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Trapped Miners in South Africa Found Dead

Rescuers have recovered the remaining bodies of six miners who died in a tunnel collapse last week in Orkney, South Africa.

The search is over for the remaining miners who were buried under more than a mile of rock and dirt last week.

On Sunday, rescuers in Orkney, South Africa recovered the last of the bodies of six miners who died in a tunnel collapse -- a disaster from which nine other miners emerged alive.

Three bodies were pulled from the gold mine Saturday and another three Sunday, said Margaret Heylen, spokeswoman for African Rainbow Minerals mining company.

"All 15 miners have now been accounted for," Heylen said.

An earth tremor triggered the rockfall 1.3 miles below the surface on Monday, trapping the 15 miners. Four died instantly or minutes later. Another two were seriously hurt and succumbed to their injuries before they could be pulled out.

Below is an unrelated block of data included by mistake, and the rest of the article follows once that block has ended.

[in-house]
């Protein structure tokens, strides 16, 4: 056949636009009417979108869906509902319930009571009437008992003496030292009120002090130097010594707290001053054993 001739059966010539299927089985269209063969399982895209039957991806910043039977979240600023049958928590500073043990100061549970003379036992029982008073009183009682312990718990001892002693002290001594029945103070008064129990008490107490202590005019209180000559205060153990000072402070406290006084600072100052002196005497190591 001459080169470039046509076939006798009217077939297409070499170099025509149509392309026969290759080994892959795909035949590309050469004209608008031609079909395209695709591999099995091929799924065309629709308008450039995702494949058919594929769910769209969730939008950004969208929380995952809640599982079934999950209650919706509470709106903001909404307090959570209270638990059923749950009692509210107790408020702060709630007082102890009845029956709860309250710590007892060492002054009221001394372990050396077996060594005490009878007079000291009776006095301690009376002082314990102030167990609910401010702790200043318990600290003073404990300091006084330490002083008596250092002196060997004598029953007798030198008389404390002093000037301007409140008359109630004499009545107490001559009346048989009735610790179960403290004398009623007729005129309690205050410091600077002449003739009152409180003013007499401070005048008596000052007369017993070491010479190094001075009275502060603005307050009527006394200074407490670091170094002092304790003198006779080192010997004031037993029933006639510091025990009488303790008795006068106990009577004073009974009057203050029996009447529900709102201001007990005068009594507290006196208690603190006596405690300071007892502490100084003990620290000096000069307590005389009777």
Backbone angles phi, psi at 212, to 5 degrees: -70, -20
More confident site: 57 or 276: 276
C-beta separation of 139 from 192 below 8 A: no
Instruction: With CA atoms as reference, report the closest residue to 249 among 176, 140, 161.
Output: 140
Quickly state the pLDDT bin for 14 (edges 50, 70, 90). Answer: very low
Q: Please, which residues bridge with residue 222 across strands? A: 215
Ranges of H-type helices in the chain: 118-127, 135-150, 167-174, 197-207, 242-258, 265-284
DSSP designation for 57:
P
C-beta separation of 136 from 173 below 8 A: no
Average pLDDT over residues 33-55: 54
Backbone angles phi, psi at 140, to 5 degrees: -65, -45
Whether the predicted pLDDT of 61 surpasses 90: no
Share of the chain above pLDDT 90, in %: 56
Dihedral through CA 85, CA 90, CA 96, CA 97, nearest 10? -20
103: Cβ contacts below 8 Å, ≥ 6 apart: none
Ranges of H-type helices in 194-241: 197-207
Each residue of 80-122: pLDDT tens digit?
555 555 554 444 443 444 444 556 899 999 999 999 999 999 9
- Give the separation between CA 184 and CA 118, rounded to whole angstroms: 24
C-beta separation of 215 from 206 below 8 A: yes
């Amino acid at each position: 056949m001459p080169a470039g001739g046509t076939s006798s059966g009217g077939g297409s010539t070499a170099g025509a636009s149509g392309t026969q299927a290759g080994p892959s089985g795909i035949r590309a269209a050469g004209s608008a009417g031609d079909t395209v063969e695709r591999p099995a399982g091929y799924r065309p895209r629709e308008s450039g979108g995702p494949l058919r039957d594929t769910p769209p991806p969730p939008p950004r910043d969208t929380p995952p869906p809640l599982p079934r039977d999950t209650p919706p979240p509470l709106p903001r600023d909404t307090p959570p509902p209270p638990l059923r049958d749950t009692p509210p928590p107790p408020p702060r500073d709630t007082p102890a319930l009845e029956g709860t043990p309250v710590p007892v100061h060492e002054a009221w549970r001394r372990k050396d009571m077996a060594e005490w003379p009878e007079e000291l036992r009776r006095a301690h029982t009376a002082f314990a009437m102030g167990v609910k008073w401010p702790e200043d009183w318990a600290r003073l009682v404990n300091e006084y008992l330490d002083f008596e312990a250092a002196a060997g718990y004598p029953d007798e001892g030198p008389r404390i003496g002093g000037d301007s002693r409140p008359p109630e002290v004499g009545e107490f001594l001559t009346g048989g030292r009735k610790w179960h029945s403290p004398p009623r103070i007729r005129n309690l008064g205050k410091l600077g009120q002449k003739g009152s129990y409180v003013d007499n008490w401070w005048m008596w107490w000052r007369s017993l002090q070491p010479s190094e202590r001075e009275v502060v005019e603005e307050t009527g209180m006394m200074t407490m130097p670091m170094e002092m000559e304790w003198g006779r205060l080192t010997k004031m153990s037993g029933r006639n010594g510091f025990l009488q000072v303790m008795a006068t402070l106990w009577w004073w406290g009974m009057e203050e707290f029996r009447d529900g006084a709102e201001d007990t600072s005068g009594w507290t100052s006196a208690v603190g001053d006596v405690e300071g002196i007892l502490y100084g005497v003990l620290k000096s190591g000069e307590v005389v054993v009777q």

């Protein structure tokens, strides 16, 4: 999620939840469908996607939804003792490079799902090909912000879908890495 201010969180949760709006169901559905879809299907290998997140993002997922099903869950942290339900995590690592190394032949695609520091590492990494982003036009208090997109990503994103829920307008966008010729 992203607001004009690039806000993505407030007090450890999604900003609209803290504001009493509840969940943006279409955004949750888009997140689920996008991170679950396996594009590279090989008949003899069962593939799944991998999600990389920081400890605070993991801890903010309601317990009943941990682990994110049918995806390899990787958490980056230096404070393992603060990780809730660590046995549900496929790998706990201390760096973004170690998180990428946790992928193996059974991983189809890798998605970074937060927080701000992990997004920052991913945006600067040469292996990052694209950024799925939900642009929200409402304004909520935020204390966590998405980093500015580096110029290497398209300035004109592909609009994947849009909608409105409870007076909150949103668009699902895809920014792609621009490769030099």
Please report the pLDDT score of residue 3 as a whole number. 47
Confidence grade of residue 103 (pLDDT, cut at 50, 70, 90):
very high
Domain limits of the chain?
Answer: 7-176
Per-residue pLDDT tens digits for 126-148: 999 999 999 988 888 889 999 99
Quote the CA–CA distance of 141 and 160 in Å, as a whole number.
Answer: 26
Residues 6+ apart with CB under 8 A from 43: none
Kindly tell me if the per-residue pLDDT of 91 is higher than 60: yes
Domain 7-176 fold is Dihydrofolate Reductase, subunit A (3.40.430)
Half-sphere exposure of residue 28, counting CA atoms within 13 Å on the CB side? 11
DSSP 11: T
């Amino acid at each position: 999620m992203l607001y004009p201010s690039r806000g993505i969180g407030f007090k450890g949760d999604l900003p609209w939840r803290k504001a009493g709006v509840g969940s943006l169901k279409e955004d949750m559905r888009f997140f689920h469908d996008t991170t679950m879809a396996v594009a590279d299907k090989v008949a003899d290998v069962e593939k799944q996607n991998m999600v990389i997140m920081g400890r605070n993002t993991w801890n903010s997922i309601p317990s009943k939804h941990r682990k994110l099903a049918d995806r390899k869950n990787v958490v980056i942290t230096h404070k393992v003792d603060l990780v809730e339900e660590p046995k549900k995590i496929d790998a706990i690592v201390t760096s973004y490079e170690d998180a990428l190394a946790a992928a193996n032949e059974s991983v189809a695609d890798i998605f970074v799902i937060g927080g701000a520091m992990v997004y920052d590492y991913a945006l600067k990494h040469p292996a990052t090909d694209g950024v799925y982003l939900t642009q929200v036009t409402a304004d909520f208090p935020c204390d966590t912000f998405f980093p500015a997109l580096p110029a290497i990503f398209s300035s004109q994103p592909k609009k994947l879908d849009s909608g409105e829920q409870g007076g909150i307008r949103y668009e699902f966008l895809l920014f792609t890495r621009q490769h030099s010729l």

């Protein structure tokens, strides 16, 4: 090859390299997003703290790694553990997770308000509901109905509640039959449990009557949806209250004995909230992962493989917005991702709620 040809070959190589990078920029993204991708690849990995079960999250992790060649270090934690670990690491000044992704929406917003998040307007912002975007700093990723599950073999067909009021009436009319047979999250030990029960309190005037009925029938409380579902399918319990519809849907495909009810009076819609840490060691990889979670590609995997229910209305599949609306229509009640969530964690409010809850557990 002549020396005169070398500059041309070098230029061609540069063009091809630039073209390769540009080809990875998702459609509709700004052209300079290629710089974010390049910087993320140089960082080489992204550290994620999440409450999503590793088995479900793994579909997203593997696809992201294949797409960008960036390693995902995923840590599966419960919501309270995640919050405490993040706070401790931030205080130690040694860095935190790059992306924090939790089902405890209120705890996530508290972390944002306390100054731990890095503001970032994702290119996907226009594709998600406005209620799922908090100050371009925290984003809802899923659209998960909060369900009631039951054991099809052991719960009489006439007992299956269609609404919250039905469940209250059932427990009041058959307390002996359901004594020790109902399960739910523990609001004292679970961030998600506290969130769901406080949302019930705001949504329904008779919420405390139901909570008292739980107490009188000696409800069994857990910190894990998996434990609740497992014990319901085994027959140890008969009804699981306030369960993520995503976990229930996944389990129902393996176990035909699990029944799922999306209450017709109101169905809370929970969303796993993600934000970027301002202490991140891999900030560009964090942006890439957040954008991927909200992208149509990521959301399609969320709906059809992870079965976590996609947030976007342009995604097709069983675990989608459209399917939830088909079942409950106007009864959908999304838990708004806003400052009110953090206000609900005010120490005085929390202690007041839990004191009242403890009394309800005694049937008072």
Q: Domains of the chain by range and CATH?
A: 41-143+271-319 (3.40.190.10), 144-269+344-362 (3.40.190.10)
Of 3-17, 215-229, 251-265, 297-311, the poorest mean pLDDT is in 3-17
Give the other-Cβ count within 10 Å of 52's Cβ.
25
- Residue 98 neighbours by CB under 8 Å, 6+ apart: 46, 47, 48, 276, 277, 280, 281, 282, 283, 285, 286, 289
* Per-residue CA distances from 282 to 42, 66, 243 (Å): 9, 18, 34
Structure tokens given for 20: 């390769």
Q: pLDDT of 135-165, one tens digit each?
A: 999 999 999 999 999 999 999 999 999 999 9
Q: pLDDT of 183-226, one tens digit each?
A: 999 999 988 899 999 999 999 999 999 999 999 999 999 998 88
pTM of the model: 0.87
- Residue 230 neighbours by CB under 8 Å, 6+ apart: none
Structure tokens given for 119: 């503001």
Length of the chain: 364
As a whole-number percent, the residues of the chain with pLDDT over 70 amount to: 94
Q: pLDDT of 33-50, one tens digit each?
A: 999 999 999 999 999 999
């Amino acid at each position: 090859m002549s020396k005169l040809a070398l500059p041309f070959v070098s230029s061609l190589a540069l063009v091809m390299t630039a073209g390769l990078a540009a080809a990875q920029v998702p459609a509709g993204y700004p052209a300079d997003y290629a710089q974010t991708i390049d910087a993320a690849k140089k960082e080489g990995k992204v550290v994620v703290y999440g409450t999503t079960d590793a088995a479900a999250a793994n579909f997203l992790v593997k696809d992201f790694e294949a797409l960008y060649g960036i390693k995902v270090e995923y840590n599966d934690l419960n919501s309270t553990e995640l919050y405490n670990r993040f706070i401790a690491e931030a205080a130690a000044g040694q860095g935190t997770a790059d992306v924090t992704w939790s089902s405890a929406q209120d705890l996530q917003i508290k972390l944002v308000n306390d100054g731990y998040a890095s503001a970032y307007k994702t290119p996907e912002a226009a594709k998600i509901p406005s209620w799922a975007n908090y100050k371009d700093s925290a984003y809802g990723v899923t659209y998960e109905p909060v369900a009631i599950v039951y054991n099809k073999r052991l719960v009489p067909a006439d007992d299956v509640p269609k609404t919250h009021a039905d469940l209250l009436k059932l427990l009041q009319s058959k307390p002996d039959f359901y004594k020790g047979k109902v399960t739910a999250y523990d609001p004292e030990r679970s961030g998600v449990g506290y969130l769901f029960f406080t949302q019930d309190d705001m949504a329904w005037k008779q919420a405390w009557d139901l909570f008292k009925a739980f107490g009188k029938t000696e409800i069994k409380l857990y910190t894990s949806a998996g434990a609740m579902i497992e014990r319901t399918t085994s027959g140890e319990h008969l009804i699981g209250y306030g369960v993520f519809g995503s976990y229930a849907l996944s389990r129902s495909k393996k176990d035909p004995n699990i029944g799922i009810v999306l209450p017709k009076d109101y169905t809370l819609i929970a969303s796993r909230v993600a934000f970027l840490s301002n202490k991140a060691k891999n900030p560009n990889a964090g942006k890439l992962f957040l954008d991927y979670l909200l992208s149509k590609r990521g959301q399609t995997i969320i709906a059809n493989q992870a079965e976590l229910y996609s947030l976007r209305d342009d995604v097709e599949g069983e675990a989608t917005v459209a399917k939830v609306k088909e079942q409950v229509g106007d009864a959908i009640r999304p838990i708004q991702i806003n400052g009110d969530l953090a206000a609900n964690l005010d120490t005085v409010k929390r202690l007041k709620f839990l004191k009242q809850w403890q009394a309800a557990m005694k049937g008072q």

But, in a drama that captivated a nation built on mining, rescuers tunneled through tons of rock and emerged on Thursday with nine survivors. They were in good condition and were being held in a hospital for observation.

South Africa has some of the deepest and most dangerous mines in the world. In 1995, the Orkney mine was the scene of one of the South Africa's worst mining accidents. A mine train fell into an elevator shaft on a carriage full of men, crushing 104 to death.

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